The advantage of a secured personal loan is that because you’re securing your loan against an asset, you can expect lower interest rates than an unsecured loan. However, keep in mind that lenders will have strict conditions outlining what’s considered an asset, and you’ll have to provide documentation to prove its value.
Unsecured personal loans
An unsecured personal loan does not require any security for the money you borrow. While this is good for people who don’t have major assets, it can mean that you’ll pay a higher interest rate on the loan than if it was secured. Unsecured personal loans are more flexible and have faster approval than secured personal loans.
A fixed-rate loan retains the same interest rate throughout the term of your loan rather than fluctuating depending on the market. This is a good option for borrowers looking for the security of knowing exactly how much to budget for each month.
The predictable nature of a fixed-rate loan is a definite advantage for many borrowers, but it does come with downsides. Fixed-rate loans tend to come with higher fees, and you may need help to make extra payments on your loan to shorten its lifespan. If you wish to pay off your loan early, you may even be hit with a charge.
Variable-rate personal loans can be a good option for people who can afford repayments if their interest rate goes up or down throughout the loan. While there’s the disadvantage of not knowing what you’ll have to budget for each month, there are advantages to variable rate loans, including you can make extra payments to reduce the length of your loan. You can often redraw from available funds.
Other types of personal loans
A co-sign loan requires someone not the principal borrower to add their name to the loan application as a guarantor. This means that the co-signer is legally responsible for the loan amount and any associated fees the borrower is unable to pay.
If someone asks you to co-sign their loan, you must think very carefully about whether this is the right choice for you. On top of repaying the loan amount, your credit score could be affected by their missed payments, and it’s tough to remove yourself from the agreement. You also have no right to the money that’s being lent even though you’re legally responsible for it.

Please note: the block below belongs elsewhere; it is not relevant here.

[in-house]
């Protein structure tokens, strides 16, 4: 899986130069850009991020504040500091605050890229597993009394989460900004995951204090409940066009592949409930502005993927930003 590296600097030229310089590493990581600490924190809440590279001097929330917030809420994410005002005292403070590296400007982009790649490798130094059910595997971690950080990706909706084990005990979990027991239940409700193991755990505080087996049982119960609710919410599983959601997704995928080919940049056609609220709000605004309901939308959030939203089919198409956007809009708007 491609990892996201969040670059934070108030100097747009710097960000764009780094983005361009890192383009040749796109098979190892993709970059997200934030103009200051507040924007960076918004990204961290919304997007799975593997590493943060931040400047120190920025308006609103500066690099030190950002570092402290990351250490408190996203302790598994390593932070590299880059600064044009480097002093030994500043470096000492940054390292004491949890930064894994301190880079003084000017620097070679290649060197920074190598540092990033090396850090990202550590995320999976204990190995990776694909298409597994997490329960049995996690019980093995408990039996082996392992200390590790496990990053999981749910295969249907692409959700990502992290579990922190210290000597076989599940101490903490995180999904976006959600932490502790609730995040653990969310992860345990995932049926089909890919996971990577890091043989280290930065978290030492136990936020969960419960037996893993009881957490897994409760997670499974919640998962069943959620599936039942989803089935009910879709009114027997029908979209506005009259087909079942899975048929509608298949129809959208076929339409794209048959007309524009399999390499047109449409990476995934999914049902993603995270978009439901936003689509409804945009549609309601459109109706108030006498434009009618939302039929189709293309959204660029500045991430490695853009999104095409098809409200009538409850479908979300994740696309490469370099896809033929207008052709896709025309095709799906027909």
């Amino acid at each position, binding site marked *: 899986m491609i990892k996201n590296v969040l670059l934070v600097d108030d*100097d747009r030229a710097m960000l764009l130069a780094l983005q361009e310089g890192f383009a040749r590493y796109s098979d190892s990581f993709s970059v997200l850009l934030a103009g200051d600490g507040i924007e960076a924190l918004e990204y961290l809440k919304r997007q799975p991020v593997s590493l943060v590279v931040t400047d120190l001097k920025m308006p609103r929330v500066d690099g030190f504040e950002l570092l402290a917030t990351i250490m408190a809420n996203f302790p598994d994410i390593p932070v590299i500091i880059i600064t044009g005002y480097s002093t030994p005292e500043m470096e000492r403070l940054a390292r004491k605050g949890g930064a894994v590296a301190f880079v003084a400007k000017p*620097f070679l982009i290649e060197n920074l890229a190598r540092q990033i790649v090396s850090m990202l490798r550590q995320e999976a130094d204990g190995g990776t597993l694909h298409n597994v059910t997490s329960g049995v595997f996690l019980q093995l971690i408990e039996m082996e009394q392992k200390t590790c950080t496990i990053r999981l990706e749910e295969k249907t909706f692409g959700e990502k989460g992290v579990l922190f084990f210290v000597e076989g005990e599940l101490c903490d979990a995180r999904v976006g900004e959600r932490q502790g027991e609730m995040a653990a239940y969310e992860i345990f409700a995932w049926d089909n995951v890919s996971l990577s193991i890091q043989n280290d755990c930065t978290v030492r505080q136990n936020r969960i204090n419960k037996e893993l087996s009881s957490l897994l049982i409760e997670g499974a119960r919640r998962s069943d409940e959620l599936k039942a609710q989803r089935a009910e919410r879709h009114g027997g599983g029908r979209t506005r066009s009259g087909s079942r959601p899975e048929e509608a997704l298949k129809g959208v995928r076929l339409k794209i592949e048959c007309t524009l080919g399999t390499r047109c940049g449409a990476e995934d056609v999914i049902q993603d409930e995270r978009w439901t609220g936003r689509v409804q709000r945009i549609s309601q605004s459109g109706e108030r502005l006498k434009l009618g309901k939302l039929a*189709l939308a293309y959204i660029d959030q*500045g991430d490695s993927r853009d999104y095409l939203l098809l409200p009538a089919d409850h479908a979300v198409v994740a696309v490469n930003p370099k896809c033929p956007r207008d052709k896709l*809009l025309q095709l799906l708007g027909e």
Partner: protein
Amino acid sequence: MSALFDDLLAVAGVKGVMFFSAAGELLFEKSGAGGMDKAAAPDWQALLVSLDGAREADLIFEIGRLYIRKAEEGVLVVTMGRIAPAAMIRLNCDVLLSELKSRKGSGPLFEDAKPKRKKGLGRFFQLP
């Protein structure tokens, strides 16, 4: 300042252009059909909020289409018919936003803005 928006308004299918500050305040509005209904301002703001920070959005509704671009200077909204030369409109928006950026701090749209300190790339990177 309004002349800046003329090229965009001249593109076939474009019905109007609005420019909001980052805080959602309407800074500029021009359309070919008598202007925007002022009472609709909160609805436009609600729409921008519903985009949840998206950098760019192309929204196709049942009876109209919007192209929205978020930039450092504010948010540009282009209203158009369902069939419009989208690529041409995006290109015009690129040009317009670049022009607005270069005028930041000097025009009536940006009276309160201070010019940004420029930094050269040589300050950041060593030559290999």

If you have a low credit score, having someone co-sign your loan may improve your chances of approval or the interest rate that you’re offered.
A payday loan is a short-term loan designed to help borrowers make it to their next paycheque. While they’re easy to apply and be approved for, payday loans are known for their high-interest rates and significant fees and charges if you default on any of your payments.
In Australia, payday loans are heavily regulated due to a previous culture of predatory lending that left many people in significant debt. If you’re short on cash, it can be tempting to go with a short-term payday loan but be aware that the risk of falling into a debt spiral is very real. If you’re struggling financially, it’s best to speak to a Debt Solutions Company that can help get you back on track with a sustainable, long-term plan.
Credit card cash advances
A credit card cash advance is when you use your existing credit card to withdraw cash rather than pay for goods and services. This could include withdrawing from an ATM or point of sale, transferring money from your credit card to another account, using it for traveller’s cheques, or any other cash equivalents.
Usually, when you make a purchase on your credit card, it comes with an interest-free period, but with a cash advance, you’ll be charged a once-off fee which usually compounds daily. Missing a cash advance repayment can also negatively affect your credit score.
Debt consolidation loans
A debt consolidation loan is a way to roll all your debts into one single, manageable repayment amount. This means that instead of paying multiple interest rates for your different loans, if done well, your debt consolidation will be at one single interest rate that’s lower than the average of your current debts. Depending on your financial needs, a debt consolidation loan could help you with:
- One affordable loan repayment
- Potentially lower interest rates
- A fixed payment term for your loan
This allows you to budget better each month and settle with any creditors chasing repayments. Debt consolidation may even help repair your score over time if you have poor credit due to missed payments.
Who is eligible for personal loans?
You’ll need to meet certain criteria to be eligible for a personal loan in Australia. Generally, lenders will require you to
- Be over the age of 18 and a permanent resident of Australia
- Have an Australian driver’s licence or other forms of photo identification